The method used by the scientists behind the study, from Columbia University and the Norwegian Institute of Public Health, was pretty simple. It looked at 27 countries and analyzed cognitive performance data for men and women aged between 50 and 93 from all of them. The men and women were given some cognitive tests: one where they were given a list of 10 words and then asked to recall them immediately, and another which asked them to name as many animals as possible in 60 seconds. The first one tests for episodic memory, which is memory based in experience, while the second looks at executive function, which is part of the brain's "higher" levels of functionality and involves planning, focus and working memory (memory that acts as a short-term holding bay for information). Both are pretty universal indicators of brain performance.
They also examined the countries themselves and their histories of gender equity and women's rights. The male and female participants also had to tell the scientists how much they agreed with the statement, "When jobs are scarce, men should have more right to a job than women," to see what their own ideas about gender equality might be.
The results were intriguing: the more gender-equal the country was, the better women did on the cognitive tests compared to men. In the most equal countries, women did better than men.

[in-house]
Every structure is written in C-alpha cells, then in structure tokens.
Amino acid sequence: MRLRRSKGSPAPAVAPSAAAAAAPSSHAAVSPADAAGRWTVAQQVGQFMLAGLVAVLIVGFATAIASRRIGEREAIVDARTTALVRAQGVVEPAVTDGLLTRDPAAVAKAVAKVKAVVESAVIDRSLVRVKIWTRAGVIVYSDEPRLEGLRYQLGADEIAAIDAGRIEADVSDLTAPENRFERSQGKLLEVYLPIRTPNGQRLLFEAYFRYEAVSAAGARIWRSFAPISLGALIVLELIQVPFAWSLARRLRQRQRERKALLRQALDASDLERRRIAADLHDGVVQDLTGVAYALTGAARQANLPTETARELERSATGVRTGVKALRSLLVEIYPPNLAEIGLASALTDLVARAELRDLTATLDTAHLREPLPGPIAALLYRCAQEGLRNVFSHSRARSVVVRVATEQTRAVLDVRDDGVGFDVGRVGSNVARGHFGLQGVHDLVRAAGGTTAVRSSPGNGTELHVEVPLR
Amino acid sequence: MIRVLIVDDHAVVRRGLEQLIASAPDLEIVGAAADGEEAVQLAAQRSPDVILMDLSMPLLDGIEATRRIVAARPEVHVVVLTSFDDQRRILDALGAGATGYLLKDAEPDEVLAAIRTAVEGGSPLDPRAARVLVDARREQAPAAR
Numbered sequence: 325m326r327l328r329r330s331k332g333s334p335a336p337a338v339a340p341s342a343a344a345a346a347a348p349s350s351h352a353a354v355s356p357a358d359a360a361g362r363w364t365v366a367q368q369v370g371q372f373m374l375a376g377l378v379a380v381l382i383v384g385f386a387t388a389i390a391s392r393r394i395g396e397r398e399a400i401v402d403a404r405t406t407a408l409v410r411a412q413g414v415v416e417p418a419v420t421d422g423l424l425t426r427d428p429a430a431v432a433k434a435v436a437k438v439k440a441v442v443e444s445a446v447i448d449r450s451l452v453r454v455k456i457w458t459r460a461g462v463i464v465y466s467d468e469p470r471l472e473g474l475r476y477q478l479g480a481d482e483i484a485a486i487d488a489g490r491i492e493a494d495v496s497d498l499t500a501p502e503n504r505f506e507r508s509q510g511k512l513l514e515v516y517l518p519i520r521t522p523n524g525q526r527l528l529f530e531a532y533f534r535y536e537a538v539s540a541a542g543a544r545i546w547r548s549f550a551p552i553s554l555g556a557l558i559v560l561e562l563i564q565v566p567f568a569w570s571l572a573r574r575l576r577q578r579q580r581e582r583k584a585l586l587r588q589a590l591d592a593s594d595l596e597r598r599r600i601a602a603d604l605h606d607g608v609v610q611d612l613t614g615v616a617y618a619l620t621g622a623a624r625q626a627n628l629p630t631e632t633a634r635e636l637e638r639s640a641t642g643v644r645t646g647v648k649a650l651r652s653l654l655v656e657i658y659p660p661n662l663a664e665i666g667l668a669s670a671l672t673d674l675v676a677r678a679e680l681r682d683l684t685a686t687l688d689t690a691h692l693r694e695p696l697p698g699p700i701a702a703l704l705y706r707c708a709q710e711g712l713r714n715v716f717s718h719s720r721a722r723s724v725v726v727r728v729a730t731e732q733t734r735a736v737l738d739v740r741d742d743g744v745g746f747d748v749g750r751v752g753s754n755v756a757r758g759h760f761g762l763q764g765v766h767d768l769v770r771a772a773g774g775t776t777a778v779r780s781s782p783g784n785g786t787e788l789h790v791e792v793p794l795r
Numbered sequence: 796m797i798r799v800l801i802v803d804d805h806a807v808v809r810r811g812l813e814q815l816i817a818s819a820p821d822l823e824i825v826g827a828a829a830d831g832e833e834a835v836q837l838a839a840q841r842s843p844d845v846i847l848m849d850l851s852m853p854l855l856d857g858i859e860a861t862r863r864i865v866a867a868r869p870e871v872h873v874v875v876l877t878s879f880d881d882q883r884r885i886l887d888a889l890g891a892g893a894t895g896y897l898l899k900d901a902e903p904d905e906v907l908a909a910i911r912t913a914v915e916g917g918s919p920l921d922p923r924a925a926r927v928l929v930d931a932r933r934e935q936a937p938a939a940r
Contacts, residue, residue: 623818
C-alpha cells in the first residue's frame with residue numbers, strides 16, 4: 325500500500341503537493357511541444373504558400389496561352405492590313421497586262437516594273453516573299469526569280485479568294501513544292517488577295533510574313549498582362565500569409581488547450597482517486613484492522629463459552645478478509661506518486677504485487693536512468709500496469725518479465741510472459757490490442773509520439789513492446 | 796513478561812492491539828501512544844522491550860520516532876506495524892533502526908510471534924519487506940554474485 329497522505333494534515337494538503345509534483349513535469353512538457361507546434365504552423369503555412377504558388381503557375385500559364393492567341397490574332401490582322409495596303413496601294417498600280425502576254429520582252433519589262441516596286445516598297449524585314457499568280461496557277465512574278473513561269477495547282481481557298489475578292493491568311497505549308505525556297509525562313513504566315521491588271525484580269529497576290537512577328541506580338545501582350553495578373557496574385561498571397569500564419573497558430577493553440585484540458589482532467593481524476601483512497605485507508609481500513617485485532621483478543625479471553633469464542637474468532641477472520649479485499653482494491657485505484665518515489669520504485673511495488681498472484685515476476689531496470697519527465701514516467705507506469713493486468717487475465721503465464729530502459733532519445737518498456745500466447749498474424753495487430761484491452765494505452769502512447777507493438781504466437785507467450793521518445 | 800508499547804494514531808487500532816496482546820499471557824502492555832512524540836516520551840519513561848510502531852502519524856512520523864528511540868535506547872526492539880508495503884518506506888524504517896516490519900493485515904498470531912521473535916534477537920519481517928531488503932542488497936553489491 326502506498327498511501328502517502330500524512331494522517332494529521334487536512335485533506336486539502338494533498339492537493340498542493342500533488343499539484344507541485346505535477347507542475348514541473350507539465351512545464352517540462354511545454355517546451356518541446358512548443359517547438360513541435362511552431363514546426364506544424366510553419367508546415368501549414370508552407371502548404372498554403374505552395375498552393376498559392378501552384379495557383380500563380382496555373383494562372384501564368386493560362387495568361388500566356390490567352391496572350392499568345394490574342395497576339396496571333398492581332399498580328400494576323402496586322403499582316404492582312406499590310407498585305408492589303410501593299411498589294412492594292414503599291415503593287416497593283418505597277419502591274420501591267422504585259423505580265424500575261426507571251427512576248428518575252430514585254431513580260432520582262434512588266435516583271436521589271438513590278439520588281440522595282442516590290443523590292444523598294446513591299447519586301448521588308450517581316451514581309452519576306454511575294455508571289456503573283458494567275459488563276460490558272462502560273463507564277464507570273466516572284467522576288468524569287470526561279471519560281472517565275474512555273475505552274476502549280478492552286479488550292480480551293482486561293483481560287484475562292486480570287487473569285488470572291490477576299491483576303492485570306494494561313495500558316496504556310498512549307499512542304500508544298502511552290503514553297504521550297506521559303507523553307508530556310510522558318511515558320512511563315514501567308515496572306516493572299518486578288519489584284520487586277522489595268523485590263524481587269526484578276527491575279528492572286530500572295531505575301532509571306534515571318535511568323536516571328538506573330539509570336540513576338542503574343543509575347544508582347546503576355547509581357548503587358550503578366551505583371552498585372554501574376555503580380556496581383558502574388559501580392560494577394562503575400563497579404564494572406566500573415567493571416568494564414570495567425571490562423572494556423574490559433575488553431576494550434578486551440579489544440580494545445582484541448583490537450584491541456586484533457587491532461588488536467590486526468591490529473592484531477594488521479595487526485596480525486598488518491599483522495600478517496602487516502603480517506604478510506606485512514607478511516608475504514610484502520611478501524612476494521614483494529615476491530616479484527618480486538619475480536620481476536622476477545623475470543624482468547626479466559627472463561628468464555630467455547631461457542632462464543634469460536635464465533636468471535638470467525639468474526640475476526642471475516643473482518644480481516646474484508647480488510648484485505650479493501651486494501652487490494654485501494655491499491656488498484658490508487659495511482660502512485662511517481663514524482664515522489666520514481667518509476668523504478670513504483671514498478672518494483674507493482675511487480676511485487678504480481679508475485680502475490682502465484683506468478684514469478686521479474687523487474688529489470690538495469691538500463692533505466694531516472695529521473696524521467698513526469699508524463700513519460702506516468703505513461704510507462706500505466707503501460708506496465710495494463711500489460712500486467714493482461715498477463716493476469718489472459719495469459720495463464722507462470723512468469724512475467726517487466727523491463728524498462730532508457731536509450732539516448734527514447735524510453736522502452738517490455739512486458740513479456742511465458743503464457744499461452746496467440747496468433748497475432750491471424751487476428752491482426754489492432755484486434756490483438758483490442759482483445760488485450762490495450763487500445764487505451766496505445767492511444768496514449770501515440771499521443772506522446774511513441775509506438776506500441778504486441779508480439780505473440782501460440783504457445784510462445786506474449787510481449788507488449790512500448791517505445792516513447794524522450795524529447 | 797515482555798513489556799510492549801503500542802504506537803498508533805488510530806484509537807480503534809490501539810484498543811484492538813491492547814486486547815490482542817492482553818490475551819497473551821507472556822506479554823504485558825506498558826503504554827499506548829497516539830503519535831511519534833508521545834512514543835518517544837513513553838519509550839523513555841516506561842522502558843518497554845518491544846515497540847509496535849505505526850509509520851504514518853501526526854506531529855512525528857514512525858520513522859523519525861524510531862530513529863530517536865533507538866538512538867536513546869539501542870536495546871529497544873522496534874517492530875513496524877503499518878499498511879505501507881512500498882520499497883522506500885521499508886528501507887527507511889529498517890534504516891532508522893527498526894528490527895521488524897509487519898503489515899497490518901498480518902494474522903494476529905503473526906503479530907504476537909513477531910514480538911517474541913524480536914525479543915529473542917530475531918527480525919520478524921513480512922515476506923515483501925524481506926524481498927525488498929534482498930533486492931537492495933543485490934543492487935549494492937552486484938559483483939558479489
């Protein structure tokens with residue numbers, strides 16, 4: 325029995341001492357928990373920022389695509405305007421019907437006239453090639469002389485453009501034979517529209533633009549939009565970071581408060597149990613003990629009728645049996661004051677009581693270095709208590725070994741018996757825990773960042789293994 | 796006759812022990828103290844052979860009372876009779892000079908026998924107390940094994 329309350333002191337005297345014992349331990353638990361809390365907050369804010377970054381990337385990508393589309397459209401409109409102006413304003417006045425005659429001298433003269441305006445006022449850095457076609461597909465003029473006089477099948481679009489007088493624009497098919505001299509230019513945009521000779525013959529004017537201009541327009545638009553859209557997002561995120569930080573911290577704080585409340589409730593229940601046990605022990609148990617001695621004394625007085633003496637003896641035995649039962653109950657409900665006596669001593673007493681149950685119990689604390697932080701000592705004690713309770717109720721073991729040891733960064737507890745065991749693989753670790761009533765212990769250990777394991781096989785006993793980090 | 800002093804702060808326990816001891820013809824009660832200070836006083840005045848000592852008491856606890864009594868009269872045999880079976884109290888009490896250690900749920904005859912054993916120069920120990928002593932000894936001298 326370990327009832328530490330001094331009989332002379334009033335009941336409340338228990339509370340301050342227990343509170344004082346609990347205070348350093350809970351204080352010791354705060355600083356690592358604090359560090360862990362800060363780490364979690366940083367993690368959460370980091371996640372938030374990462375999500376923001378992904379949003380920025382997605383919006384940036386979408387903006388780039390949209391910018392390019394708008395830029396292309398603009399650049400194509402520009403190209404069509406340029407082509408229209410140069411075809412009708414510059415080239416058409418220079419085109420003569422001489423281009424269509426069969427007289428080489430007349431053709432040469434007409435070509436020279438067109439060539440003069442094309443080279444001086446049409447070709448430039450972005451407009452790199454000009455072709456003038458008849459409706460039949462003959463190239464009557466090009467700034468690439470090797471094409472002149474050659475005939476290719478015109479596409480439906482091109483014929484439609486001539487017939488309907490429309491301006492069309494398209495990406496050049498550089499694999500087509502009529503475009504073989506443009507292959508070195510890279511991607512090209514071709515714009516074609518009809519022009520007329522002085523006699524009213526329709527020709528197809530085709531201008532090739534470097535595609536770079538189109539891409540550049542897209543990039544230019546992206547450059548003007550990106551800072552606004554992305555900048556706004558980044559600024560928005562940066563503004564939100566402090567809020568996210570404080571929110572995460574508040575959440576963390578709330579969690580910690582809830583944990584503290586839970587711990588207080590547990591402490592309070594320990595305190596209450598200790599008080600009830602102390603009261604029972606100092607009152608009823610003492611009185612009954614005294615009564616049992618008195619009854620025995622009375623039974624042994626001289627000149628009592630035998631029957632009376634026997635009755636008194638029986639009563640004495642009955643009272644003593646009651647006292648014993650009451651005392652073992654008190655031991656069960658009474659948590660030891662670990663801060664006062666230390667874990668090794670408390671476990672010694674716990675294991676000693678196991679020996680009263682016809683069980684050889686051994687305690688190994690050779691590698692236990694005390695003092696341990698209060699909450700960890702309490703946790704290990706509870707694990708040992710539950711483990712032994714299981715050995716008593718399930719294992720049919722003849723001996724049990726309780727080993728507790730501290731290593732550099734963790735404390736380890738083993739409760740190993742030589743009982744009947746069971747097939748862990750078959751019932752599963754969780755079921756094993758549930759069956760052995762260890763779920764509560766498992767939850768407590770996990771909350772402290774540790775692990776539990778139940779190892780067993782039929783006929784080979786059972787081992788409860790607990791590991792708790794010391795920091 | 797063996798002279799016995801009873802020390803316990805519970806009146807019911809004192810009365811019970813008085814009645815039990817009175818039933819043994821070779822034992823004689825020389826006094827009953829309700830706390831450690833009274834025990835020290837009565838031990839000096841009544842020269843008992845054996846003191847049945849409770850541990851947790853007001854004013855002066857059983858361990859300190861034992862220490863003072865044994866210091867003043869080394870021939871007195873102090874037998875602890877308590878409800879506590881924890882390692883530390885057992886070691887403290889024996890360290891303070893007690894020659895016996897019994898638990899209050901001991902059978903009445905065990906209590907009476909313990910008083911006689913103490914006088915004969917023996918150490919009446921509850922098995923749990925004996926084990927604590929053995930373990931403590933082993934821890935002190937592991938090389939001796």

Why did the study look at older men and women? They've had the most exposure to their society's structures and life experience in general, from education to having kids to starting businesses and having illnesses. And that, according to the scientists, seems to add up. "Cognition in later life," they wrote, "cannot be fully understood without reference to the opportunity structures that sociocultural environments do (or do not) provide."
This isn't the first study of its kind. In 2014, a study published in the Proceedings of the National Academy of Sciences USA looked at cognition in Northern Europe, where Scandinavian countries operate on famously gender-equal lines. It focused particularly on math and science, and found something interesting: previously, scientists had thought that the gap between genders in those subjects would simply close as equality gained traction. However, as Northern Europe became more equal, the study found, women started to do better in some cognition tests than men, and virtually eliminate any gaps in others. The scientists behind that study thought that women benefit more from the sort of societal shifts that create equality than men, allowing them to leapfrog male test subjects.
This new study took that idea, and showed that it applies beyond Northern Europe, across a huge range of countries. Essentially, it proposed a global rule: the more gender-equal a country is, the better women will do on cognitive tests of specific brain functions, to the point where they outperform men.